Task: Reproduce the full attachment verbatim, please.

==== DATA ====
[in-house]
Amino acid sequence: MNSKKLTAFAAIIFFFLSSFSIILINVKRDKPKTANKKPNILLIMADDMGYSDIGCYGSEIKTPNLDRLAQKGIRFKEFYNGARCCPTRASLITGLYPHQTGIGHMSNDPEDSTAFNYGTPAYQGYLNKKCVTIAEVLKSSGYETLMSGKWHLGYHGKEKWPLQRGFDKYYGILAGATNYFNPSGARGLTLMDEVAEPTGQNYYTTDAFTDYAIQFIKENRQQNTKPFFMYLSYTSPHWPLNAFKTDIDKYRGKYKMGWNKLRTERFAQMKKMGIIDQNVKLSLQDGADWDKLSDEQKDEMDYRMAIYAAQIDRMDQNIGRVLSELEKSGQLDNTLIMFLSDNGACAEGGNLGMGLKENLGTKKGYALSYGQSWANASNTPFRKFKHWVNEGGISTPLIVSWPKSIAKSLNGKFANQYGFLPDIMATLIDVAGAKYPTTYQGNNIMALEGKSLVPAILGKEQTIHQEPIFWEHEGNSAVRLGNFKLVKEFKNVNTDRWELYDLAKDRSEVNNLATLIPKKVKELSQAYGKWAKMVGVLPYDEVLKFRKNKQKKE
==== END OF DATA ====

[in-house]
Amino acid sequence: MNSKKLTAFAAIIFFFLSSFSIILINVKRDKPKTANKKPNILLIMADDMGYSDIGCYGSEIKTPNLDRLAQKGIRFKEFYNGARCCPTRASLITGLYPHQTGIGHMSNDPEDSTAFNYGTPAYQGYLNKKCVTIAEVLKSSGYETLMSGKWHLGYHGKEKWPLQRGFDKYYGILAGATNYFNPSGARGLTLMDEVAEPTGQNYYTTDAFTDYAIQFIKENRQQNTKPFFMYLSYTSPHWPLNAFKTDIDKYRGKYKMGWNKLRTERFAQMKKMGIIDQNVKLSLQDGADWDKLSDEQKDEMDYRMAIYAAQIDRMDQNIGRVLSELEKSGQLDNTLIMFLSDNGACAEGGNLGMGLKENLGTKKGYALSYGQSWANASNTPFRKFKHWVNEGGISTPLIVSWPKSIAKSLNGKFANQYGFLPDIMATLIDVAGAKYPTTYQGNNIMALEGKSLVPAILGKEQTIHQEPIFWEHEGNSAVRLGNFKLVKEFKNVNTDRWELYDLAKDRSEVNNLATLIPKKVKELSQAYGKWAKMVGVLPYDEVLKFRKNKQKKE